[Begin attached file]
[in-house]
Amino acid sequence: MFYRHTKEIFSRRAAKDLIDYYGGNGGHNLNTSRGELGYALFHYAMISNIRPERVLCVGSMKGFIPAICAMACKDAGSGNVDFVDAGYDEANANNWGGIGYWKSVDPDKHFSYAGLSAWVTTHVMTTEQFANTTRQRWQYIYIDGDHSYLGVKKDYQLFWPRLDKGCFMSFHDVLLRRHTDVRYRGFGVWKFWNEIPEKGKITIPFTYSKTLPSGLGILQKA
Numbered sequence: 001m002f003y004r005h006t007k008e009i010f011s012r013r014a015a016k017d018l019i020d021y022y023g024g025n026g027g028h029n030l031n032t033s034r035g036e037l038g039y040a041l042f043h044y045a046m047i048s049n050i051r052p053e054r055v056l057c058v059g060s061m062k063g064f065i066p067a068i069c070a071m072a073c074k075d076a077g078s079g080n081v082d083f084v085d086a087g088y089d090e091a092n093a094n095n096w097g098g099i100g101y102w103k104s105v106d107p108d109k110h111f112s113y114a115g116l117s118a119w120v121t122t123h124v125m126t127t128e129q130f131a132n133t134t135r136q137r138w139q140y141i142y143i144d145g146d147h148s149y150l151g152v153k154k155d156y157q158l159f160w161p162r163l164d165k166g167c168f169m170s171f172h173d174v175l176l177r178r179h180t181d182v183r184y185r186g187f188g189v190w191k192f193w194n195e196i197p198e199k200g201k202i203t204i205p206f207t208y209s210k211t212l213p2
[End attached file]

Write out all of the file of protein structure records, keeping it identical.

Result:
[in-house]
Amino acid sequence: MFYRHTKEIFSRRAAKDLIDYYGGNGGHNLNTSRGELGYALFHYAMISNIRPERVLCVGSMKGFIPAICAMACKDAGSGNVDFVDAGYDEANANNWGGIGYWKSVDPDKHFSYAGLSAWVTTHVMTTEQFANTTRQRWQYIYIDGDHSYLGVKKDYQLFWPRLDKGCFMSFHDVLLRRHTDVRYRGFGVWKFWNEIPEKGKITIPFTYSKTLPSGLGILQKA
Numbered sequence: 001m002f003y004r005h006t007k008e009i010f011s012r013r014a015a016k017d018l019i020d021y022y023g024g025n026g027g028h029n030l031n032t033s034r035g036e037l038g039y040a041l042f043h044y045a046m047i048s049n050i051r052p053e054r055v056l057c058v059g060s061m062k063g064f065i066p067a068i069c070a071m072a073c074k075d076a077g078s079g080n081v082d083f084v085d086a087g088y089d090e091a092n093a094n095n096w097g098g099i100g101y102w103k104s105v106d107p108d109k110h111f112s113y114a115g116l117s118a119w120v121t122t123h124v125m126t127t128e129q130f131a132n133t134t135r136q137r138w139q140y141i142y143i144d145g146d147h148s149y150l151g152v153k154k155d156y157q158l159f160w161p162r163l164d165k166g167c168f169m170s171f172h173d174v175l176l177r178r179h180t181d182v183r184y185r186g187f188g189v190w191k192f193w194n195e196i197p198e199k200g201k202i203t204i205p206f207t208y209s210k211t212l213p2